Junichi Tazawa wants to start for the Red Sox


In a recent interview with David Laurila of FanGraphs, Junichi Tazawa spoke on his role. Tazawa, who has excelled as a setup man for the Red Sox over the past three seasons, commented that he’s willing to do anything to help the Red Sox but would prefer to either close or start. His desire to close is no real surprise; closers are generally considered the best relievers and certainly receive more national exposure than middle relievers or setup men. However, it is a bit of a surprise to hear that Tazawa is interested in starting for the Red Sox and that could represent an intriguing possibility for their rotation.

Tazawa burst onto the scene with a 1.43 ERA in 37 appearances out of the Red Sox bullpen in 2012, complementing that stingy ERA with equally impressive peripherals including a 9.00 K/BB and 1.82 FIP. He has regressed a bit in his next two seasons, posting 3.16 and 2.86 ERA’s in 2013 and 2014, respectively, but has remained a great piece at the back end of the Red Sox bullpen.

With Koji Uehara unlikely to close (at least on a full time basis) in 2015, the Red Sox could be in search of a closer this offseason and Tazawa could certainly fill that role. However, the more intriguing possibility is him moving to the rotation, which is significantly more depleted than the bullpen.

Tazawa was a starter when he came to the Red Sox out of Japan and he did start four games for the Red Sox in 2009, though the results weren’t pretty as “Taz” posted a 7.46 ERA in 6 total appearances. However, he has largely abandoned starting since undergoing Tommy John Surgery in 2010 and, as previously mentioned, hasn’t given the Red Sox a reason to move him back to the rotation as he has been excellent in relief.

With such an empty rotation, though, perhaps the Red Sox will look into making Tazawa a member of their starting five next season. It all depends on how they play the free agent and trade markets, but if the Red Sox are unable to acquire two above-average pitchers (including one ace), then they could seek to fill that role internally by stretching out Tazawa as a starter.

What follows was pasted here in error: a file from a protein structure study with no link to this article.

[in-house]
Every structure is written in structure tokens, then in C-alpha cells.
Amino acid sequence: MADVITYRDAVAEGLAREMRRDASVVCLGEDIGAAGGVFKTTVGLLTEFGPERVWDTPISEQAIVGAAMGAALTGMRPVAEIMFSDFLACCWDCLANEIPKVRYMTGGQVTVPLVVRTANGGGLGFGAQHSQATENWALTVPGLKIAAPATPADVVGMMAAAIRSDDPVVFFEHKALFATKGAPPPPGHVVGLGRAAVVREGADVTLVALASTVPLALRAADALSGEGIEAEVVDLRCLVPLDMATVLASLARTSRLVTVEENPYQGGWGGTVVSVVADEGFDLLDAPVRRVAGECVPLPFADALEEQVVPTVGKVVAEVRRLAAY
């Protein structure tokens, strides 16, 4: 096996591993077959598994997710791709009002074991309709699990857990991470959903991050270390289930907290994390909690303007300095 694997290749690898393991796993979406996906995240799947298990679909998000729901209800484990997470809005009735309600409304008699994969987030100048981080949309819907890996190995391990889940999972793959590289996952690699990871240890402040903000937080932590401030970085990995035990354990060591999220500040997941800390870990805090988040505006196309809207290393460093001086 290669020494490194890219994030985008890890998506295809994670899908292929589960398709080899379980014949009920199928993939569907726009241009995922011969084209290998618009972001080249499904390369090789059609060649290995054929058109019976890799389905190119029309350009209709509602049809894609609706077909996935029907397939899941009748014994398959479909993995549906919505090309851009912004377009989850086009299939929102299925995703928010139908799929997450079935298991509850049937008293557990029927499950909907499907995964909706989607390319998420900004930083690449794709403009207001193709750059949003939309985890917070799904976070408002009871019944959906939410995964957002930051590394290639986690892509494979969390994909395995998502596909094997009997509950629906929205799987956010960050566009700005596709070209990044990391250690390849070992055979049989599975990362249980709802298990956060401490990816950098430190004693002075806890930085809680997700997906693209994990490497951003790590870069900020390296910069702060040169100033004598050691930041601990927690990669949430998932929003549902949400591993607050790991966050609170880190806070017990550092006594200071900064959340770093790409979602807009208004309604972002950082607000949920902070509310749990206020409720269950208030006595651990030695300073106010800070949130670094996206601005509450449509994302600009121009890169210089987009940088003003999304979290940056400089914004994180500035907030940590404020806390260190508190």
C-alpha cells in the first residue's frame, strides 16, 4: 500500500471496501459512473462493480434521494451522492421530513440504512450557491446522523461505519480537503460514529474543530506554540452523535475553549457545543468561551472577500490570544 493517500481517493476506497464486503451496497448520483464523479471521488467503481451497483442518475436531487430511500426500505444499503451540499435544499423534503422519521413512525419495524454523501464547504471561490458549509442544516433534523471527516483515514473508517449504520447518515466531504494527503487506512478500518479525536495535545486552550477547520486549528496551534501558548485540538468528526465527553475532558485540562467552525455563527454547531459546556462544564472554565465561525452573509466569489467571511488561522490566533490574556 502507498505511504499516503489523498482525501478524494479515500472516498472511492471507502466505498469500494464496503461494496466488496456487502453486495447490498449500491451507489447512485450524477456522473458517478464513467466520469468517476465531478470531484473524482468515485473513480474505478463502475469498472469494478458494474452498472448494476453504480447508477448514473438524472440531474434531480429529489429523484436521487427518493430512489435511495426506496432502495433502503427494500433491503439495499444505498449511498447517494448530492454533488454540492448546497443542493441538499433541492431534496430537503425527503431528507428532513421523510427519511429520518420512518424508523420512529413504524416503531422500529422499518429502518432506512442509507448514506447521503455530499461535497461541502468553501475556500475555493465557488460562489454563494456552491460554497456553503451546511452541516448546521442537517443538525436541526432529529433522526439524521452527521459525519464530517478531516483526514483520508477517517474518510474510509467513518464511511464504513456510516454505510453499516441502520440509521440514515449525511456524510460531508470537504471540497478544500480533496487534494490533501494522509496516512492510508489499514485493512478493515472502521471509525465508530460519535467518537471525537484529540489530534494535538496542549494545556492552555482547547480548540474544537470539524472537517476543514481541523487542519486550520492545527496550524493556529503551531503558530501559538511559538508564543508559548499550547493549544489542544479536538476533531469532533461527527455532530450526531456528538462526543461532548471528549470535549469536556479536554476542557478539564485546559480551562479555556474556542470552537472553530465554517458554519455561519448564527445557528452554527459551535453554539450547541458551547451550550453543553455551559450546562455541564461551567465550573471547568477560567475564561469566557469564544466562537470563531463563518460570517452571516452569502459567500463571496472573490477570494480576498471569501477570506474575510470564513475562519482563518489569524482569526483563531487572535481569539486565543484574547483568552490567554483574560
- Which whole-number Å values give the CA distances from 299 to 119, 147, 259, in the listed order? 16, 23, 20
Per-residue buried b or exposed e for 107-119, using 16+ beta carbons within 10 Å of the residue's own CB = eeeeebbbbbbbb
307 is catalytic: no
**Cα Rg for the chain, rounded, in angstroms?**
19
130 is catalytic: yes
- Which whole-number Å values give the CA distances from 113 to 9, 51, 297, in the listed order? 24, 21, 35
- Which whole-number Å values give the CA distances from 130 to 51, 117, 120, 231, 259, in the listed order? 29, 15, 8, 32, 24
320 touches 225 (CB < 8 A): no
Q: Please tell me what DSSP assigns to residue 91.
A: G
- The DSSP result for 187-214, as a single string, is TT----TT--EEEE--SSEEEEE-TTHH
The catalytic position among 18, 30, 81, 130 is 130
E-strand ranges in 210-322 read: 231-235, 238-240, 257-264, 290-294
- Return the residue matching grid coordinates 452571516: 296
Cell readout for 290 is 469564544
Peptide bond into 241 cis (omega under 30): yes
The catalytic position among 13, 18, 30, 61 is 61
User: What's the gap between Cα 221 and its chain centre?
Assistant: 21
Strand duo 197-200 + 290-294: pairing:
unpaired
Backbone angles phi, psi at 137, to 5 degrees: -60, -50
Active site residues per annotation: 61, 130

It’s tough to know what to expect from Tazawa were he to be placed in the rotation but he certainly has the stuff to get by. His fastball sits in the mid 90’s (though that would likely drop a bit when starting) and he throws a solid change and slider to accompany his heater. Tazawa also has great endurance as he has made 71 appearances in each of the past two regular seasons and he also pitched in 13 more games during the Red Sox World Championship run last October, which should quell any fears over workload.

It’s unlikely that the Red Sox will move Tazawa to the rotation as he is an unproven commodity there and is a very reliable late-inning reliever. However, it’s interesting to know that he would be willing to start and could likely adjust to that role. Don’t expect a move to the rotation anytime soon but Tazawa has proven himself time and time again in the bullpen and, who knows, maybe he’ll get his shot as a starter one day.